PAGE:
VCs have liquidation preferences that insure they make their money back, the founding team is getting its payout, but should rank-and-file employees be worried as valuations reach new nosebleed levels?
Posted: 31 Aug 2011 08:57 AM PDT
Mobile app analytics firm Flurry has released a new report comparing the U.S. mobile app inventory to traditional Internet display advertising spend, and the results are impressive. According to data pulled from over 100,000 mobile apps on Flurry’s network, app inventory is poised to absorb the equivalent of the U.S. online display ad spend by the end of 2011, if current trends continue.
The best way to visualize this trend, is with the chart Flurry provides.
You can see that, over the past 2 years, “mobile app inventory has grown so aggressively that it can now meet the demand of a mature, 15-year-old form of online advertising,” the analytics firm says.
To arrive at these numbers, Flurry tracks the average number of ads shown per session, which was 4.3. The average application session time is 4.2 minutes. For comparison purposes, the average website session length is under 1 minute. Flurry then looked at the number of sessions across its network. The company tracks around 20% of all sessions in the market, so it grew the numbers to come up with a market size and positioned that data against the net spend on display advertising in the U.S.
It also assumed a CPM (cost per 1,000 impressions) of $2.50 for mobile app inventory, which the firm says is “conservative.”
Flurry says the market is growing so quickly because of smartphone, publisher and session use growth as well as an increasing number of publishers integrating ads within their apps. This latter item could also be related to the increasing market share of Android and its predominately ad-supported app ecosystem, although Flurry doesn’t mention that particular factor in the report.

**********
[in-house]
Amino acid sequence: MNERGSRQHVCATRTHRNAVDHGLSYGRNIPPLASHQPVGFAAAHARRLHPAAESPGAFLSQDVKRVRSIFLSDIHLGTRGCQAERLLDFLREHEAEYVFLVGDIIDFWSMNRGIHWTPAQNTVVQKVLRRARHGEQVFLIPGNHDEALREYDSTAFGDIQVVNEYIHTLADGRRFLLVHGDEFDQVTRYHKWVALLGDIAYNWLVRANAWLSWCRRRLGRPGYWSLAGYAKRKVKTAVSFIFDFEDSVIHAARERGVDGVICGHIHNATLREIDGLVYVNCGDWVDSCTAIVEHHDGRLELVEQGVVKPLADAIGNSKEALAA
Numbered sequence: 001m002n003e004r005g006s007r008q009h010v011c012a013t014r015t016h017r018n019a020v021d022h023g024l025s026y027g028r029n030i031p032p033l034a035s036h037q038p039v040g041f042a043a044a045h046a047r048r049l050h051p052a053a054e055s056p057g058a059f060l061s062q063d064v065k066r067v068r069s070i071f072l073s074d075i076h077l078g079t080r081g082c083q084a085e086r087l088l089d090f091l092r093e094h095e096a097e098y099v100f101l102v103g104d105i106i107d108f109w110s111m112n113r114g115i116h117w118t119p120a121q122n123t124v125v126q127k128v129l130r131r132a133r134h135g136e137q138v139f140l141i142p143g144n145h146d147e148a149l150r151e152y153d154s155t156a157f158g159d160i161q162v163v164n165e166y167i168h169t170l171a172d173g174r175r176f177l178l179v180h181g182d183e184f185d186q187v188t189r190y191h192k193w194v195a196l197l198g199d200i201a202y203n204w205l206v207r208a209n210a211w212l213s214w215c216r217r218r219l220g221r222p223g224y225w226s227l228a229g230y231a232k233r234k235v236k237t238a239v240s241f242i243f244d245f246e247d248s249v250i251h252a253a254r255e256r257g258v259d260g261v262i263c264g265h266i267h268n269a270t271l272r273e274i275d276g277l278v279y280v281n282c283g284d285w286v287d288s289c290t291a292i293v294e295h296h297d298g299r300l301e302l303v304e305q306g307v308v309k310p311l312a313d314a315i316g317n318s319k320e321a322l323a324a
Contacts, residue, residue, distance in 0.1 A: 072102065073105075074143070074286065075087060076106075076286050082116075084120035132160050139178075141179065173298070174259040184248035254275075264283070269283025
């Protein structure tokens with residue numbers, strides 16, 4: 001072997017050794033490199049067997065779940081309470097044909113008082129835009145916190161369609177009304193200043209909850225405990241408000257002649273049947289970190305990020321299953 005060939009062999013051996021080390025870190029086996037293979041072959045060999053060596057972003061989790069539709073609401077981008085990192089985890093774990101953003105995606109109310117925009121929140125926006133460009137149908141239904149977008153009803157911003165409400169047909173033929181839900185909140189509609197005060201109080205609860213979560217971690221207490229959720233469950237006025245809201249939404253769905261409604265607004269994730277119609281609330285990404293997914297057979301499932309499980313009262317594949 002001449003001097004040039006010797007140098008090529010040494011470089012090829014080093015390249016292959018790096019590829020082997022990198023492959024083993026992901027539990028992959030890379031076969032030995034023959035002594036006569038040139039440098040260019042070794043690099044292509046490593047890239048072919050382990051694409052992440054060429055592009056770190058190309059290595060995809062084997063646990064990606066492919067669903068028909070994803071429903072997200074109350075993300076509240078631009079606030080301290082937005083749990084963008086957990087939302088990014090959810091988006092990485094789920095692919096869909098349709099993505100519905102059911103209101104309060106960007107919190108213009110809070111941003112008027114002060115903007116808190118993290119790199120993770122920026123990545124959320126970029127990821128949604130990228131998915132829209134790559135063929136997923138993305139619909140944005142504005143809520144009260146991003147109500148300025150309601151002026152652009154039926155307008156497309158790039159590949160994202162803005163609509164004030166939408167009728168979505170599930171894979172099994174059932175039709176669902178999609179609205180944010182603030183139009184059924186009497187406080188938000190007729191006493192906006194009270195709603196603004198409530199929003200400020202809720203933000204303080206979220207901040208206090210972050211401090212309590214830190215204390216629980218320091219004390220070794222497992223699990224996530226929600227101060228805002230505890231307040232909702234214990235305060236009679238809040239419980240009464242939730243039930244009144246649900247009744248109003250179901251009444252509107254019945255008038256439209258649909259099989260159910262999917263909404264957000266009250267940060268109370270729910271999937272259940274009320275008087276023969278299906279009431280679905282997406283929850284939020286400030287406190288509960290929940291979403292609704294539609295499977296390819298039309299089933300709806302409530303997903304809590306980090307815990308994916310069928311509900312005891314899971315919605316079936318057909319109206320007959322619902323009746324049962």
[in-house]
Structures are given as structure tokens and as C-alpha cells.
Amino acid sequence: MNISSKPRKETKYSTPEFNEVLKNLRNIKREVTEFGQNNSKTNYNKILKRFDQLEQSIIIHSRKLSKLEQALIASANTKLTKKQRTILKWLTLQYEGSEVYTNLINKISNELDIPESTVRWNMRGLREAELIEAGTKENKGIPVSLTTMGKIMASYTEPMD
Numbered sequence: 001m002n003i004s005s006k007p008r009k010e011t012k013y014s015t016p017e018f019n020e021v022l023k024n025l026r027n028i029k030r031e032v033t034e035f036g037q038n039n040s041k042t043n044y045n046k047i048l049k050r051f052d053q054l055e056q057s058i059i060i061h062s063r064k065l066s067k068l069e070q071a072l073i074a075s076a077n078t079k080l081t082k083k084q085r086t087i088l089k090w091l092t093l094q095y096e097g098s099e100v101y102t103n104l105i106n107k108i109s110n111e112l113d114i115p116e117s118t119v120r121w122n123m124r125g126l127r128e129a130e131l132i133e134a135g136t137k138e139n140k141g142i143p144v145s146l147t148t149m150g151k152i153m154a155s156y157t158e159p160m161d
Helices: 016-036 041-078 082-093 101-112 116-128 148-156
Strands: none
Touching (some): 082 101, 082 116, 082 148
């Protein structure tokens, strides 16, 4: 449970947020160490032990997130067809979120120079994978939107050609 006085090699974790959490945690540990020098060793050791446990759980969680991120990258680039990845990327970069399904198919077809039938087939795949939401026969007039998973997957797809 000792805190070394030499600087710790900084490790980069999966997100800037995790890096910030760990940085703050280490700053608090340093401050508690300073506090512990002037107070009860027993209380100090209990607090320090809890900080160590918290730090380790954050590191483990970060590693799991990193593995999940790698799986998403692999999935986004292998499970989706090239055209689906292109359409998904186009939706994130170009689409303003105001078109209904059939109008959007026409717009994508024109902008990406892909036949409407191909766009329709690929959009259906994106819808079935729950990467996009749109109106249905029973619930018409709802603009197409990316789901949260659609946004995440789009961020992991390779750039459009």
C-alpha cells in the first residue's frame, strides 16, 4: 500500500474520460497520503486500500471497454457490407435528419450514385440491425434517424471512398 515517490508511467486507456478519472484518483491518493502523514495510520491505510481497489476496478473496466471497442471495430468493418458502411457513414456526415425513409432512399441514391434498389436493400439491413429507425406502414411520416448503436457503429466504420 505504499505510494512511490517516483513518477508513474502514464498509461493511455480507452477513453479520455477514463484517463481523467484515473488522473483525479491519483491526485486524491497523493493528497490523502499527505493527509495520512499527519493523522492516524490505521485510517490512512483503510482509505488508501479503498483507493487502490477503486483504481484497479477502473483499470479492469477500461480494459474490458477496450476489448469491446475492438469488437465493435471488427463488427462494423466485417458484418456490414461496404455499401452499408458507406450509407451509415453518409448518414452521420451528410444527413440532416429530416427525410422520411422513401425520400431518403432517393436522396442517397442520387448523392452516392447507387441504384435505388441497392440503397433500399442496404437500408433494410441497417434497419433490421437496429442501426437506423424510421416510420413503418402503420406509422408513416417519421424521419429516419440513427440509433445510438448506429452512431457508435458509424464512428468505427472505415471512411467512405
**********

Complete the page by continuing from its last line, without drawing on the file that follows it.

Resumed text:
Mobile Ads Target Attractive Demographic
Using U.S. Census Bureau data, Flurry also found that the smartphone user demographic was attractive to advertisers, thanks to higher household income levels and educational achievement levels. App users are more likely to be younger and trend slightly more female, too.
Posted: 31 Aug 2011 08:45 AM PDT
Crowdbooster, a Y Combinator-backed startup, is debuting its intelligent social media optimization, monitoring and analytics platform for companies and brands. What differentiates Crowdbooster from other monitoring platforms is that the startup’s technology works behind the scenes to understand a user's social activity, and then makes recommendations about what to share, when, and with whom.